Harry Manx and fellow guitarist Kevin Breit (probably best known for his work with Cassandra Wilson and Norah Jones) first got together at the Summerfolk festival in 2001. When Manx played with Breit's trio, Folk Alarm, they did not bother with trivia like rehearsals, or discussions about which key to play in. They just jumped right in and started swimming. Fast forward a few months and when the opportunity to record together arose, they both jumped at it, and "Jubilee" was born.
"Jubilee" makes a good start with Manx taking the lead on Sleepy John Estes' "Diving Duck Blues." For most of the album the split between Manx and Breit is an acoustic/electric one: Manx plays acoustic guitars (and mohan veena), while Breit plays electric guitars and other exotic instruments (cavaquinho, mandocello, and banjolin and so on). The opening track shows that this balance works well.
Breit wrote most of the tunes, starting with the instrumental waltz, "When Abbott Met Costello," which provides a brief interlude before the duo really hit the heights on the excellent "Good Time Charlie's Got The Blues." The combination of the laid back acoustic and electric slide guitars provides the perfect backdrop for Manx's laconic vocals which hint at Van Morrison. They then ratchet things up to a rattling train tempo for the instrumental medley "No Particular Place To Be/Itchy Knees and Elbows."
Manx's first composition ("Funny Business") does not arrive until track seven. It has the Manx trademark style, but the sound is bigger and rounder thanks to Breit's bass and electric slide. That the electric instruments never swamp the acoustic instruments must be largely attributed to producer David Travers-Smith. The balance between mohan veena and resonator on "Raga Gujari-Jodi" is also pretty near perfect.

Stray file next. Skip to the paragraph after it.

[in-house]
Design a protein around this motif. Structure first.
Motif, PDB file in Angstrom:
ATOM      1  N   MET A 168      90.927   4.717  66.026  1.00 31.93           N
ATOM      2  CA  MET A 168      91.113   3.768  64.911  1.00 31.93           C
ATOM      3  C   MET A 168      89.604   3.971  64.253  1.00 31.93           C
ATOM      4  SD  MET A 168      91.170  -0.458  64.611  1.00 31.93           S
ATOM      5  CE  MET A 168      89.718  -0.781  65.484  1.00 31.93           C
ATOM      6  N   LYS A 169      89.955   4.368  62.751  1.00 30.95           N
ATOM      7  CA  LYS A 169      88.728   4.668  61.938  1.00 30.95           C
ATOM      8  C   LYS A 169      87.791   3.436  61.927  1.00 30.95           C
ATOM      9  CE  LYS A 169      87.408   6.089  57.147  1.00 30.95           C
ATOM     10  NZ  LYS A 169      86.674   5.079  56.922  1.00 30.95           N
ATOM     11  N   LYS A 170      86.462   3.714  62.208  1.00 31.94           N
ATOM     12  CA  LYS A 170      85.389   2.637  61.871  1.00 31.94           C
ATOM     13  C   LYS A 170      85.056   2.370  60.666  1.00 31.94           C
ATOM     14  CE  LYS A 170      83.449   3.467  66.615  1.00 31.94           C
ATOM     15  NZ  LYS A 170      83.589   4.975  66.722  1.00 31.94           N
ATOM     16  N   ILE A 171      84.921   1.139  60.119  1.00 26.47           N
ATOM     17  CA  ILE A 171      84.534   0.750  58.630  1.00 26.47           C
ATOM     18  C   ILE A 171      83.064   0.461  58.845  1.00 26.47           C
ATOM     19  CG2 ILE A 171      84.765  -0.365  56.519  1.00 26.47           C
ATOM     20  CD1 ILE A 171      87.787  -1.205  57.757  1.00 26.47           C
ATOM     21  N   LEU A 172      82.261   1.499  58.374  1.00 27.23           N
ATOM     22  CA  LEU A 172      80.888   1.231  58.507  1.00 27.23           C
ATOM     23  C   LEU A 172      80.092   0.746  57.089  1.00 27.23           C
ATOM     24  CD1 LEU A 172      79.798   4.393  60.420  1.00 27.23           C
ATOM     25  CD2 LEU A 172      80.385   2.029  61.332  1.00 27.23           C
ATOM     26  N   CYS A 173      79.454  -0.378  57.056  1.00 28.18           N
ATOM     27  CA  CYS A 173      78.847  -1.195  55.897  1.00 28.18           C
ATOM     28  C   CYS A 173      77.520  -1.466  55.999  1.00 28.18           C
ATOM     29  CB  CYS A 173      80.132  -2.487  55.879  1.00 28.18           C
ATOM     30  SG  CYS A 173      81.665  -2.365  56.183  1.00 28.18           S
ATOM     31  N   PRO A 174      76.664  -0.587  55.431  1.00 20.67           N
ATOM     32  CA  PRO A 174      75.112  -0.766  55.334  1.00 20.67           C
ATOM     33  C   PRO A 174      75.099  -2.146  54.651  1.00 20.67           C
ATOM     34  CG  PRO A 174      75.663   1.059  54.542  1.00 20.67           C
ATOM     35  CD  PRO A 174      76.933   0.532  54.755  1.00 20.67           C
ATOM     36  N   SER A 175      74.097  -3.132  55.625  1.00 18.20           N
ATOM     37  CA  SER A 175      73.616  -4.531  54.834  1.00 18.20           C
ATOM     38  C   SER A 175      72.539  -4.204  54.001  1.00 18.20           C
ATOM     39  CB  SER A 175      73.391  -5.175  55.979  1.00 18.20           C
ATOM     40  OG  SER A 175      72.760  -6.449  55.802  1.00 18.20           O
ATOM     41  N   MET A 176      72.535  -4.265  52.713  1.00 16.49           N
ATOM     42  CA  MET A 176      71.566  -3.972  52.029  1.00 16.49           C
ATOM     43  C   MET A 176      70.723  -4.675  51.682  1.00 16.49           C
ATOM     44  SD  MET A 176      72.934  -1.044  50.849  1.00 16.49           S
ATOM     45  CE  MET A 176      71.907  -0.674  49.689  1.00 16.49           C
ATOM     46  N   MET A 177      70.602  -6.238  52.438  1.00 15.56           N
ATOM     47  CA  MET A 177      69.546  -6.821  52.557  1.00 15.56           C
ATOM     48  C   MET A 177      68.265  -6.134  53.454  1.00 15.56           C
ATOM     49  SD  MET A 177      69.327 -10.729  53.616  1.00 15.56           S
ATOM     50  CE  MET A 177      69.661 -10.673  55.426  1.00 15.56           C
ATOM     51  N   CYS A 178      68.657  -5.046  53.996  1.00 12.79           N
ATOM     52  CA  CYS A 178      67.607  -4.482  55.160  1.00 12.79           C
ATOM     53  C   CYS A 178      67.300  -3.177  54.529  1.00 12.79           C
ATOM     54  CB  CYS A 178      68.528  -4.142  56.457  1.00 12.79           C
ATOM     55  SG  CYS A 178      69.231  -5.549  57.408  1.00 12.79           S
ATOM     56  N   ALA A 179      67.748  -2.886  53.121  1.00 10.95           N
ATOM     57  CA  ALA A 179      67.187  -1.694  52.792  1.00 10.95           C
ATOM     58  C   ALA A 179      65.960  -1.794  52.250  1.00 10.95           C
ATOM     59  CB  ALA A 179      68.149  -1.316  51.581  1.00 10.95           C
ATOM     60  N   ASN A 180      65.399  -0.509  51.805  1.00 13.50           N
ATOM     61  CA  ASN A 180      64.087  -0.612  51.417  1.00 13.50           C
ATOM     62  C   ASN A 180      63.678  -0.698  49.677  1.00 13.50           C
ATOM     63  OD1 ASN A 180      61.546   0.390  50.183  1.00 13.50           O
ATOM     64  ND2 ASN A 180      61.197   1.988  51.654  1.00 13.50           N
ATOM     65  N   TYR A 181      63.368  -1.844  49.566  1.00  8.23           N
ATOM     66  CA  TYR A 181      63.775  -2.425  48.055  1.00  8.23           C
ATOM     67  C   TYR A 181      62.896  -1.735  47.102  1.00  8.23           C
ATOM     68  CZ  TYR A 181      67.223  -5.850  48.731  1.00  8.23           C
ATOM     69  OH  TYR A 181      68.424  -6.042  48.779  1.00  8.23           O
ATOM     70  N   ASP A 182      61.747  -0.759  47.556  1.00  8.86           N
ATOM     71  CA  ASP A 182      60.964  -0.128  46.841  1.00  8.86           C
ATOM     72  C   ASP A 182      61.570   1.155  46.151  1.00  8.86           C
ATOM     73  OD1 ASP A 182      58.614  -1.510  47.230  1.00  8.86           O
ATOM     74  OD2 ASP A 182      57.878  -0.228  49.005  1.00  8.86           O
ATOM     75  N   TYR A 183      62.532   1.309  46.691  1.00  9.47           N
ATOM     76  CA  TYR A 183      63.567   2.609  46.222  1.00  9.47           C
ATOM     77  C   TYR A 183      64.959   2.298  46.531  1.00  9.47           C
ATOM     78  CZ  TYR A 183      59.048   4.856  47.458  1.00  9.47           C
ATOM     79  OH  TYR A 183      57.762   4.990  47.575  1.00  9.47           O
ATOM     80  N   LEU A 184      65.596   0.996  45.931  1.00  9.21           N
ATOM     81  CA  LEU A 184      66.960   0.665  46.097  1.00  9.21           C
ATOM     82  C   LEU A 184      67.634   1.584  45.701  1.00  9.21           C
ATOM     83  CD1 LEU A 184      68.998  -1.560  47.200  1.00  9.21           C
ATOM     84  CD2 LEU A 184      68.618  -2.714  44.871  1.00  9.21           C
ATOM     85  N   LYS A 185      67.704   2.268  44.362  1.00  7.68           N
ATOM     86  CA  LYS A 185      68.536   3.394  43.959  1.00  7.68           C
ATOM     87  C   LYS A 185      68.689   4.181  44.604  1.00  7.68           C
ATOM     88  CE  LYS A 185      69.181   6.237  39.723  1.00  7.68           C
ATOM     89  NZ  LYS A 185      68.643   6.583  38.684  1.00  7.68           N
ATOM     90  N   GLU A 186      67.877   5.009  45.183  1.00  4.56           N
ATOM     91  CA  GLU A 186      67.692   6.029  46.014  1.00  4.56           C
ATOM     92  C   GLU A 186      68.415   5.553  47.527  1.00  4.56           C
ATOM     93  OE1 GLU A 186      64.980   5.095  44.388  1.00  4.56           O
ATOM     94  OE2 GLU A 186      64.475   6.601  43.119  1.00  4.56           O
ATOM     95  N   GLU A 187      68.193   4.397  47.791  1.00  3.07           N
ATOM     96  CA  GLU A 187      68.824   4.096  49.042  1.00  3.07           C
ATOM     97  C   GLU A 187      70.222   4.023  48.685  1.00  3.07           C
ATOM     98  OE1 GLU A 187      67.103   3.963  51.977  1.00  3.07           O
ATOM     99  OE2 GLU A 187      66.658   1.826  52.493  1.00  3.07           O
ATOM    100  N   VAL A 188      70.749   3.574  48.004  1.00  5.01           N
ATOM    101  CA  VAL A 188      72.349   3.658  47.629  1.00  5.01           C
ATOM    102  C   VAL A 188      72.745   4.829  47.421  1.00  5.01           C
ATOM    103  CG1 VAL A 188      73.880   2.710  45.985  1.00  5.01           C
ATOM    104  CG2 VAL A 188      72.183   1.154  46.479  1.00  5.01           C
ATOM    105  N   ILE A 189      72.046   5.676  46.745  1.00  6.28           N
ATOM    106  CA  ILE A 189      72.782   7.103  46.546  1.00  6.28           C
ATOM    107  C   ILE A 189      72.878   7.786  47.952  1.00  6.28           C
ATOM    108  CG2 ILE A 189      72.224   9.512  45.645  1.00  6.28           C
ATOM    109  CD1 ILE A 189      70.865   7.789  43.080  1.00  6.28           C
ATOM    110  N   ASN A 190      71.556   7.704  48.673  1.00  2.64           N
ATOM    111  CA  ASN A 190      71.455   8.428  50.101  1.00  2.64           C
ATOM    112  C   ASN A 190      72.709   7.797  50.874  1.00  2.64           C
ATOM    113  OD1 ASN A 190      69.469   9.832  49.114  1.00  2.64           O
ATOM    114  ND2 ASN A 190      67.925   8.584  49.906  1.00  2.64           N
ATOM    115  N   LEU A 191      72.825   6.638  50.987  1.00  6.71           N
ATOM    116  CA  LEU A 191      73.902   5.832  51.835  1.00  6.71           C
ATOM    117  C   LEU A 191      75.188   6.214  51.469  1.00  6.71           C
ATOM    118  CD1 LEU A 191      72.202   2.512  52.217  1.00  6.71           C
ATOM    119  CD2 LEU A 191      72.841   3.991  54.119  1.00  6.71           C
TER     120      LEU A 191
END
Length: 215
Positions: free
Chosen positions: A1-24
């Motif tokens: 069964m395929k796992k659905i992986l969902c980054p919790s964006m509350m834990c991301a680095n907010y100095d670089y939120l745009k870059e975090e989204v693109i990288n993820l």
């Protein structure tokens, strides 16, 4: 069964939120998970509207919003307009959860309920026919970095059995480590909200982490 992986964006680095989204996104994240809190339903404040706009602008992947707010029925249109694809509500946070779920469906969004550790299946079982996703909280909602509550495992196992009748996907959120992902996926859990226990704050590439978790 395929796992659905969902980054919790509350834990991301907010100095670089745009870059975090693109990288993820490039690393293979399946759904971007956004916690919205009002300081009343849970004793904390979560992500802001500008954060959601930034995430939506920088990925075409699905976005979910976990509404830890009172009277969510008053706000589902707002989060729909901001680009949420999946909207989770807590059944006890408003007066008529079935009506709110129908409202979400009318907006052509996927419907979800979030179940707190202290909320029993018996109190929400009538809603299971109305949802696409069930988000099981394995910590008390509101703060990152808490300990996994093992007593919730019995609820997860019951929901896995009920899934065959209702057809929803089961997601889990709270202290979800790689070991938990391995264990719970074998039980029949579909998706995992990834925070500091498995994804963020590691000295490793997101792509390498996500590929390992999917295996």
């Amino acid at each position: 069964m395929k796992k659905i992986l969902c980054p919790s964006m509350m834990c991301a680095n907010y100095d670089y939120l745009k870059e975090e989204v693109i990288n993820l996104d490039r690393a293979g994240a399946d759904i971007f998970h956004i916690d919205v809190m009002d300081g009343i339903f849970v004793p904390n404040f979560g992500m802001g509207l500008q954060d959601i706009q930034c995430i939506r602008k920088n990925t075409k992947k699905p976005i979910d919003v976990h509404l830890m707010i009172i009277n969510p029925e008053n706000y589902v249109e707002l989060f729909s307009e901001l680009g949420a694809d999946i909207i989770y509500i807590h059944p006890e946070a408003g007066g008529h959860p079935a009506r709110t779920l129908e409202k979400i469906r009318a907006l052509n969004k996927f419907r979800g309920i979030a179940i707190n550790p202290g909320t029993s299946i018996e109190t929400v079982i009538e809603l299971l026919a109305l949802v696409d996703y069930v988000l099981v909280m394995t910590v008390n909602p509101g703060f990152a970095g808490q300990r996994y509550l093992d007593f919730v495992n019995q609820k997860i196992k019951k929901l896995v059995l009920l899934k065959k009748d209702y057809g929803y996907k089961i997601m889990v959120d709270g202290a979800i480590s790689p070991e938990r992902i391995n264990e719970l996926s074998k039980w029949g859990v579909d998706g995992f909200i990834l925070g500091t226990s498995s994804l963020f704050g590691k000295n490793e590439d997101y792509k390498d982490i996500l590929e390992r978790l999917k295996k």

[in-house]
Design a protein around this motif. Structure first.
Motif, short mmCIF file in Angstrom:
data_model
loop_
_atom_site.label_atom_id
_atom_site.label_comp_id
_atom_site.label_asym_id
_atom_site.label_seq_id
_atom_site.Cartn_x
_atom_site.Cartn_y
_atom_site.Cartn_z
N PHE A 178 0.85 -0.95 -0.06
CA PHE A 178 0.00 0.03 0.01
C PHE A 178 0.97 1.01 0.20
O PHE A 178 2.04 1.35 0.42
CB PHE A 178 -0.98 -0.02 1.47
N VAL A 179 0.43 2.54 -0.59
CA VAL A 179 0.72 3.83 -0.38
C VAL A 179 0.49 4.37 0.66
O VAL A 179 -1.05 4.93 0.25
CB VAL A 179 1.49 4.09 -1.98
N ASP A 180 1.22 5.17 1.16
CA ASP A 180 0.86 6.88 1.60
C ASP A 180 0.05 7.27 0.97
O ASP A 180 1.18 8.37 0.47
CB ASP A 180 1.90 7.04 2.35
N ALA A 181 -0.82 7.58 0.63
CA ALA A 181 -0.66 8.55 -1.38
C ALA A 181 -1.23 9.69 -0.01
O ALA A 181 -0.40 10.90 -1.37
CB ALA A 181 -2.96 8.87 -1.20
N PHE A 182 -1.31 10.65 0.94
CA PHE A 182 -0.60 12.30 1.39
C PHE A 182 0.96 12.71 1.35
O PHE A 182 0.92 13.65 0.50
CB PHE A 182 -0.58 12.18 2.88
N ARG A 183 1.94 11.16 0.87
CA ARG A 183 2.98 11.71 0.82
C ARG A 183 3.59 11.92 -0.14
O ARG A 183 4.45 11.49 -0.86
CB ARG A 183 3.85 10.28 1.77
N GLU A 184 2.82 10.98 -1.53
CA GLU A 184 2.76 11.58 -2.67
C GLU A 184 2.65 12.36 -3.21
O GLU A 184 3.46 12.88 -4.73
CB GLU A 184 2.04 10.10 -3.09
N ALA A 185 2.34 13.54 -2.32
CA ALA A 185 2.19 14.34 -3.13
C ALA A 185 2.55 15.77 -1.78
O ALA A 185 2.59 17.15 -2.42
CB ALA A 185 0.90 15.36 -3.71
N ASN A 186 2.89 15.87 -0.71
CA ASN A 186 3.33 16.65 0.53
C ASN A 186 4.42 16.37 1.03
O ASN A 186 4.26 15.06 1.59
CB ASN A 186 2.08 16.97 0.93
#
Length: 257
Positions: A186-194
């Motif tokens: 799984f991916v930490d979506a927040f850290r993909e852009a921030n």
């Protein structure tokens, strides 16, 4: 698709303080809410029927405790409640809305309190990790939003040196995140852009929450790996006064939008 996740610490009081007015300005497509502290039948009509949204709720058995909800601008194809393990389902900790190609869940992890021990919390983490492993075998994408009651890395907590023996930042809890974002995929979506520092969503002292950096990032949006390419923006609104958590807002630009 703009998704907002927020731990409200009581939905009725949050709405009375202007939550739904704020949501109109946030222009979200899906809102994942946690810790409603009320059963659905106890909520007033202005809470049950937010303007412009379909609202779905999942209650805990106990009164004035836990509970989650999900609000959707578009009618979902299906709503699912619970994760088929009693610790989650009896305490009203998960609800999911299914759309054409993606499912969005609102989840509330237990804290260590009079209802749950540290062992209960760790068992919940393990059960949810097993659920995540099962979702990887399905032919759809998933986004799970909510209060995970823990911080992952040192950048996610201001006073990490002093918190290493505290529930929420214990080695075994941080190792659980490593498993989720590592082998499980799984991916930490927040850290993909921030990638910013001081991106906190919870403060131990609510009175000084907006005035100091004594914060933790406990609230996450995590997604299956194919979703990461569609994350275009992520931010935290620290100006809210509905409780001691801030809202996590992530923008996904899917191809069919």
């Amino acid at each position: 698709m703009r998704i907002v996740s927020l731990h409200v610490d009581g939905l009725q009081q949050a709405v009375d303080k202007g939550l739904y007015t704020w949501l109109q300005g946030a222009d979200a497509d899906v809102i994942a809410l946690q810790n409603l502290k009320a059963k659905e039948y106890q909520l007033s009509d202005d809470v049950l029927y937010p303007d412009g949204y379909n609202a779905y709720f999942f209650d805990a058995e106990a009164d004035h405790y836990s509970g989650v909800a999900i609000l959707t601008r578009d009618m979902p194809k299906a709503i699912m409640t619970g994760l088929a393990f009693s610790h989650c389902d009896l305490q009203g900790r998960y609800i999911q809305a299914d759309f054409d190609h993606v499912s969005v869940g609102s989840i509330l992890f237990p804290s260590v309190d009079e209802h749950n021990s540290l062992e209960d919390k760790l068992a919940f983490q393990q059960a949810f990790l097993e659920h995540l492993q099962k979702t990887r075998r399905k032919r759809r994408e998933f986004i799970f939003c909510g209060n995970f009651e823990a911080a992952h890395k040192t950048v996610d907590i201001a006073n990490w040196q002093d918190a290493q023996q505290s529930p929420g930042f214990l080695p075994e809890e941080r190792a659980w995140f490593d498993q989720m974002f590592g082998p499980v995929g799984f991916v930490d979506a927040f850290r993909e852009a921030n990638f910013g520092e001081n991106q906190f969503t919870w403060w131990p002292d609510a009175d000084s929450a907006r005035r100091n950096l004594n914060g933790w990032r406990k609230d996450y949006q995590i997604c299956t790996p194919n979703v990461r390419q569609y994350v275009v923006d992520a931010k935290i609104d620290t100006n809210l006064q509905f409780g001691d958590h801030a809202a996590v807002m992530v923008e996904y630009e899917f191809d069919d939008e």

The mohan veena also features on the only joint composition, "Unmoved By Love," before the dynamic duo tackle the Doobie Brothers "Taking It To The Streets." Naturally they do it in their own inimitable way as an instrumental using just wooden and steel bodied guitars. It takes a while to spot the tune, but the arrangement works brilliantly, and it sounds like they had a ball recording it. Things are (unsurprisingly) more subdued for
"Weary and You Run," where Manx handles the uncredited vocals.
After a (5-string baritone) banjo-led romp through "Tell Me About The Blues Highway Grampa," and an interesting version of "Voodoo Child (Slight Return)," complete with banjo, Breit gets to have the final say. He plays solo on "Lastly Tender," a nicely relaxed tune that tips a nod towards Stevie Wonder's "My Cherie Amour."
"Jubilee" is another fine album from Harry Manx and pairing him with Kevin
Breit was an inspired touch: the end result is that there is an extra musical dimension to the usual Manx sound. This was probably helped by the bewildering array of instruments they took into the studio. Just about everything that Northern Blues have released has been critically acclaimed; "Jubilee" is not about to break that Midas touch.
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